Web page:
Skip to comments.Can't stop the (free) music (Downloading)
Posted on 08/24/2009 8:07:25 PM PDT by buccaneer81
Can't stop the (free) music Why last month's $675,000 judgment against a BU student won't stop people from downloading songs illegally By Joseph P. Kahn Globe Staff / August 25, 2009
iTunes wasnt around yet, and David Tanklefsky was in the eighth grade when Napster, the now defunct music file-sharing website, became the must-go destination for computer-savvy music fans.
(Excerpt) Read more at boston.com ...
Good. Anything that deprives the Hollywood Left of cash is by definition good for the USA.
Can’t Stop the Globe’s Tanking.
However, I found a lot of folk her have little are no understanding of what is creative rights.
If the music companies want to really put a dent in the illegal downloading, then start selling their individual songs for around 25-cents...
Well I hereby donate all the money I would have given U2 to...global warming.
If I record a song off the radio, am I stealing?
People have been copying songs from each other since the cassette recorder came out in the early 70s. It’s just part of the price paid for putting music out in the open. The internet and the CD burner have just made it all easier.
You can copy, cut and paste etc, anything you want as long as it is considered to be in the area of general knowledge. However, that is different from a one of a kind creative works are writings and art. But you really will not get in much trouble unless you try and claim the work of others as your own.
Thieves are thieves. If they could steal clothing and shoes with the same small chance of discovery, they’d steal those, or slip into the movies without paying.
The preposterous rationalizations thieves come up with to justify their theft and demonize those they steal from can be pretty amazing.
Wonder what percentage of illegal downloaders have ever shoplifted?
I don’t see why downloading a song for free from the internet to put on my ipod is different from recording it off the radio.
I’ve always thought that radio waves are a public good and when you put something on the radio you are placing it in the public domain. I understand that I can’t use somebody’s music, art, etc. for profit, but I don’t really see why taking a song for my ipod is different from taking it from the radio. I can hear it all I want for free on the radio, why not get it free from the internet? Internet radio has basically the same function as p2p sharing. I could even choose to play one song over and over for free.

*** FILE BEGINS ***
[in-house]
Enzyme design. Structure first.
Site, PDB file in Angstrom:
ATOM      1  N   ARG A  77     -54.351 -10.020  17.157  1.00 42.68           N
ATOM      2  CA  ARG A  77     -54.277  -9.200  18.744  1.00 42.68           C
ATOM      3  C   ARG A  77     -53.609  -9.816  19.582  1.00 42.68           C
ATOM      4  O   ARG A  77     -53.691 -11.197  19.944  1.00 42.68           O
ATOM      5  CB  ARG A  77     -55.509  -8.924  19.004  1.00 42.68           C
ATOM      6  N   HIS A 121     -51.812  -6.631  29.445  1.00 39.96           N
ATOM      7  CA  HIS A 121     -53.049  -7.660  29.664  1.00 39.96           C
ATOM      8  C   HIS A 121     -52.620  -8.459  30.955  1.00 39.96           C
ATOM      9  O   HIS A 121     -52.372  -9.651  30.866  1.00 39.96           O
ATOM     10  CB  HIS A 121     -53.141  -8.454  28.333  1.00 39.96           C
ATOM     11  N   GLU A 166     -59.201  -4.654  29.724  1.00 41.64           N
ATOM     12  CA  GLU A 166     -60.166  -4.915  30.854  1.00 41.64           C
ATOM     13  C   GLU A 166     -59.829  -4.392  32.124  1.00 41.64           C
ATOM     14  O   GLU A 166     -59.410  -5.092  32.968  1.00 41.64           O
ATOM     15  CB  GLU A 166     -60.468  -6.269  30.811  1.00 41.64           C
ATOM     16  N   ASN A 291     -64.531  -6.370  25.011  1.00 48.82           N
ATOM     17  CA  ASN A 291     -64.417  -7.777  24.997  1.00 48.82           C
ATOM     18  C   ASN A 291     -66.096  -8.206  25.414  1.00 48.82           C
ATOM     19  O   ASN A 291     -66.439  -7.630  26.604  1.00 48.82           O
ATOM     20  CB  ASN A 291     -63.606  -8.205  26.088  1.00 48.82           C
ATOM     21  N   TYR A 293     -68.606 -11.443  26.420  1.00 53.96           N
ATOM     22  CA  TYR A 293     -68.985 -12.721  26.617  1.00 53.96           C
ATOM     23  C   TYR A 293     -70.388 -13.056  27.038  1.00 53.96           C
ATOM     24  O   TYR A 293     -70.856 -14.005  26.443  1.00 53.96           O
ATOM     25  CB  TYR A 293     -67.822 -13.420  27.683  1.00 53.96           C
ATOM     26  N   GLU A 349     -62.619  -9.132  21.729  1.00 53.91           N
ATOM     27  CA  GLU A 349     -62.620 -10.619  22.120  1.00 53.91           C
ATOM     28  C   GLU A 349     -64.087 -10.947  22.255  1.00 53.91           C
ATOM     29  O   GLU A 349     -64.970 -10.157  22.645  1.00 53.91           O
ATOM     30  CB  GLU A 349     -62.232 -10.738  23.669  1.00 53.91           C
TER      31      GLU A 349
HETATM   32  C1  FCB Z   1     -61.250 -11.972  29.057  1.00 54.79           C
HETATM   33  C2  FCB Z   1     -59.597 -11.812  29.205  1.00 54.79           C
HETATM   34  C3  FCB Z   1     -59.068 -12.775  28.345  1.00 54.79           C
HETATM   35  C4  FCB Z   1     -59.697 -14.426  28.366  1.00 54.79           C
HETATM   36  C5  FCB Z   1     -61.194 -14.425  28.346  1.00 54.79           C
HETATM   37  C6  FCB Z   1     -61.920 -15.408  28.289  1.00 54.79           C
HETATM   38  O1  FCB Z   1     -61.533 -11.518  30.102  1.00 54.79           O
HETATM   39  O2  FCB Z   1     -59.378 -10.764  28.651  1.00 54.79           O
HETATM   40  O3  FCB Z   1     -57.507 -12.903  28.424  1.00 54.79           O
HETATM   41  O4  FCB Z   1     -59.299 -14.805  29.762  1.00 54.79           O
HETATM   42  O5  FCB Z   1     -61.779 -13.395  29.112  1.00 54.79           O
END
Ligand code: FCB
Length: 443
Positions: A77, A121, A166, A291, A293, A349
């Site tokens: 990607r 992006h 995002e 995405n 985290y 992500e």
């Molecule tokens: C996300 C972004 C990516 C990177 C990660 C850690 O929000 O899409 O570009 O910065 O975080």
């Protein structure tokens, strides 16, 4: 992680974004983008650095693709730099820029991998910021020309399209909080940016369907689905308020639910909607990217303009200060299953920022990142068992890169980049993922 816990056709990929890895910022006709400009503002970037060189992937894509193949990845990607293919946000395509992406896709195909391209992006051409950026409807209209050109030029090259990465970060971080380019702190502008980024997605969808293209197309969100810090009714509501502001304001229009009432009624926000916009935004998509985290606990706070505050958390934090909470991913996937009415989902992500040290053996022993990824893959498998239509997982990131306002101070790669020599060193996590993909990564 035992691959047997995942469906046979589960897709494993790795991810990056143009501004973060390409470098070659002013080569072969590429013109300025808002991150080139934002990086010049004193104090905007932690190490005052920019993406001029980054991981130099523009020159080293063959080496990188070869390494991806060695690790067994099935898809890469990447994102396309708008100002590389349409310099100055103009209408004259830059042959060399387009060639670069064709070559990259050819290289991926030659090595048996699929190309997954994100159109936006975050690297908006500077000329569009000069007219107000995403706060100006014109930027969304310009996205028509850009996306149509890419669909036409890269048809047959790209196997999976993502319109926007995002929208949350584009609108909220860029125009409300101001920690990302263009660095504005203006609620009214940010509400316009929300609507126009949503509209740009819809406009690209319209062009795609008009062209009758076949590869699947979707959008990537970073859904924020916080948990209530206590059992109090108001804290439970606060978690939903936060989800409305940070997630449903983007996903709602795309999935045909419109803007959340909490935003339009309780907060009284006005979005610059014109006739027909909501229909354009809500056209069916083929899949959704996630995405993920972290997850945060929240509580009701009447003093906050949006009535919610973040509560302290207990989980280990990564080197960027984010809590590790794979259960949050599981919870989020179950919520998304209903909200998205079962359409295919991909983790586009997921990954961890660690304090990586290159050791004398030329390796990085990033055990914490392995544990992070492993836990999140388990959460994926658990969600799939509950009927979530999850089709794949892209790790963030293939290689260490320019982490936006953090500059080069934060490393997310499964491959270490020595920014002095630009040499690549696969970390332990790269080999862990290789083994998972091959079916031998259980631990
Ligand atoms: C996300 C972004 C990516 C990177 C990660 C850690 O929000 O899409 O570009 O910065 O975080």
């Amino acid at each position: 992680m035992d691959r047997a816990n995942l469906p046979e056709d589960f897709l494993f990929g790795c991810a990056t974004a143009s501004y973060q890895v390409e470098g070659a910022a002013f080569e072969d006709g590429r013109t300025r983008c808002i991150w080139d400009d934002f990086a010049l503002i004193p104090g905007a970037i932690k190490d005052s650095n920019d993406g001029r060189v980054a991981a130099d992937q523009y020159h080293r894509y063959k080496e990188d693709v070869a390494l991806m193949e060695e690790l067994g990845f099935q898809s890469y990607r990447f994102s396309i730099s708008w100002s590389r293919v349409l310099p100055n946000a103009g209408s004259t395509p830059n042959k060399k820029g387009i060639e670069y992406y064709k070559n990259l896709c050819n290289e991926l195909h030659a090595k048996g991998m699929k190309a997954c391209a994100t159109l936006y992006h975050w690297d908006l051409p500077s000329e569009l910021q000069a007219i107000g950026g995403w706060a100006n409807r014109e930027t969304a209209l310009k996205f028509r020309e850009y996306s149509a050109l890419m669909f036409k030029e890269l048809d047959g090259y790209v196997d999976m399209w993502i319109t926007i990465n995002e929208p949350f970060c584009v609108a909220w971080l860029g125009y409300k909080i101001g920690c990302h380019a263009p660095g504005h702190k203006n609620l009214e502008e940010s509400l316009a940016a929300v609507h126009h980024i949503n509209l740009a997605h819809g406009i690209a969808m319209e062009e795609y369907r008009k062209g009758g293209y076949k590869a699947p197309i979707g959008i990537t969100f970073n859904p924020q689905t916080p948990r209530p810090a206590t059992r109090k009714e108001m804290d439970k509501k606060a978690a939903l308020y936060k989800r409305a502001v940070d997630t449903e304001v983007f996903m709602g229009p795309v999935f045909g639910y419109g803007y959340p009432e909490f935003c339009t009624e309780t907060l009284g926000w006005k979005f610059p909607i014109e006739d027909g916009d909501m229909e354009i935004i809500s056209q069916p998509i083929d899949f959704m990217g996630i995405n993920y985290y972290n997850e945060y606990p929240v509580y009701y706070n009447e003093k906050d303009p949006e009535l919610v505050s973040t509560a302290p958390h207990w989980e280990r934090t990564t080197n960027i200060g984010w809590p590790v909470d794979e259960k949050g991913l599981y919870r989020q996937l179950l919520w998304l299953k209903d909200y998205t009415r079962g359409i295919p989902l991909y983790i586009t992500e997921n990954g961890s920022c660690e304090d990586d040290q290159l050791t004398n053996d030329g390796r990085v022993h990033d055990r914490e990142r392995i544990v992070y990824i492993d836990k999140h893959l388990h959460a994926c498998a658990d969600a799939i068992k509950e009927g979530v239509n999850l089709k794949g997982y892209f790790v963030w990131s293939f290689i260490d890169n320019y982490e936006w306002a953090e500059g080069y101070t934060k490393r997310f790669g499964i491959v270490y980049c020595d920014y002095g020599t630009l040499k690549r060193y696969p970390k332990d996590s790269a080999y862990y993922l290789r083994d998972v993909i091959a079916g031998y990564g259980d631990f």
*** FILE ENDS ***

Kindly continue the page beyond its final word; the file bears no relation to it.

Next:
If I choose to video my neighbor shooting his fireworks that he bought, he can’t restrict me. As soon as he launches fireworks into the air, everyone around can see them, and he has no way to control that. I feel the same way about music. You release it on the radio waves and people can consume it for free (well, except the price of having to listen to commercials).
My wife is a musician and we benefit handsomely from CD sales. We can’t keep someone from ripping her CD and sharing it with friends after we have sold the CD. The problem with music companies is that 1. The product is obviously more expensive than what the market will bear and 2. The product is often sub-par with the exception of one or two songs on a CD.
If they really want to recapture the market, they would lower the price of a retail CD. I don’t think 99 cents is unreasonable for a single song, but they would sell more songs if they lowered their price.
Many of the pontificators are in businesses that got their own beginnings through stealing.
I steal to protect my nation from fools like you!
Got a problem with that?
I would bet you can copy all the music you want from the radio. Try editing out all the back ground and over lapping. It is not the same music!
There is many a low-commercial FM station playing modern numbers that does not do babble overs and fade ins/outs. If you put a recording mike in front of a consumer grade radio the results are not going to be good, but with proper tuner and equalization and a direct feed, the amount of distortion introduced is well below what is introduced by loudspeakers. Back in “the day,” American manufacturers put out console AM radios that sounded as good as today’s Chinese made FM radios.
BTW, there is an express legal loophole for home radio recording, just to increase your indignancy.
Actually, you can go straight from radio to your computer with the proper hookup. Probably easier if you have digital radio. I have gotten a USB turntable, and can put my LP’s on computer. Plus, the software has editing function to remove hiss. I have some LPs almost 50 years old which can be edited to sound almost new.
Is it right? Was it right to tell us CDs would last forever and then after we buy a gazillion, they start getting winky in a few years?
Probably not, but it ain’t going to stop. I figure that is why they push “net books”. Yeah they would like nothing better than to have all our content on line.
parsy, who thinks music companies need to get used to it.
Those are words that make artists and music executives around the globe cringe.
But mostly music executives since artists rarely made squat from CD sales.
The days of paying for recorded music, like paying for porn, are over. Lawsuits don't deter downloading. An entire generation is growing up not knowing what it is like to fork out $12.99 for a 12 song, 50 minute compact disc.
Right or wrong, good or bad, that's just the way it is. The music industry is an anachronism. In the future, acts will enjoy regional popularity, earning money from touring. Big name artists will license out their music for commercial use.
The whole industry has been turned upside-down. The downloading genie is out of the bottle and it isn't going back in.
Lol, you reveal a lot about yourself.
A brilliant idea, if you ask me.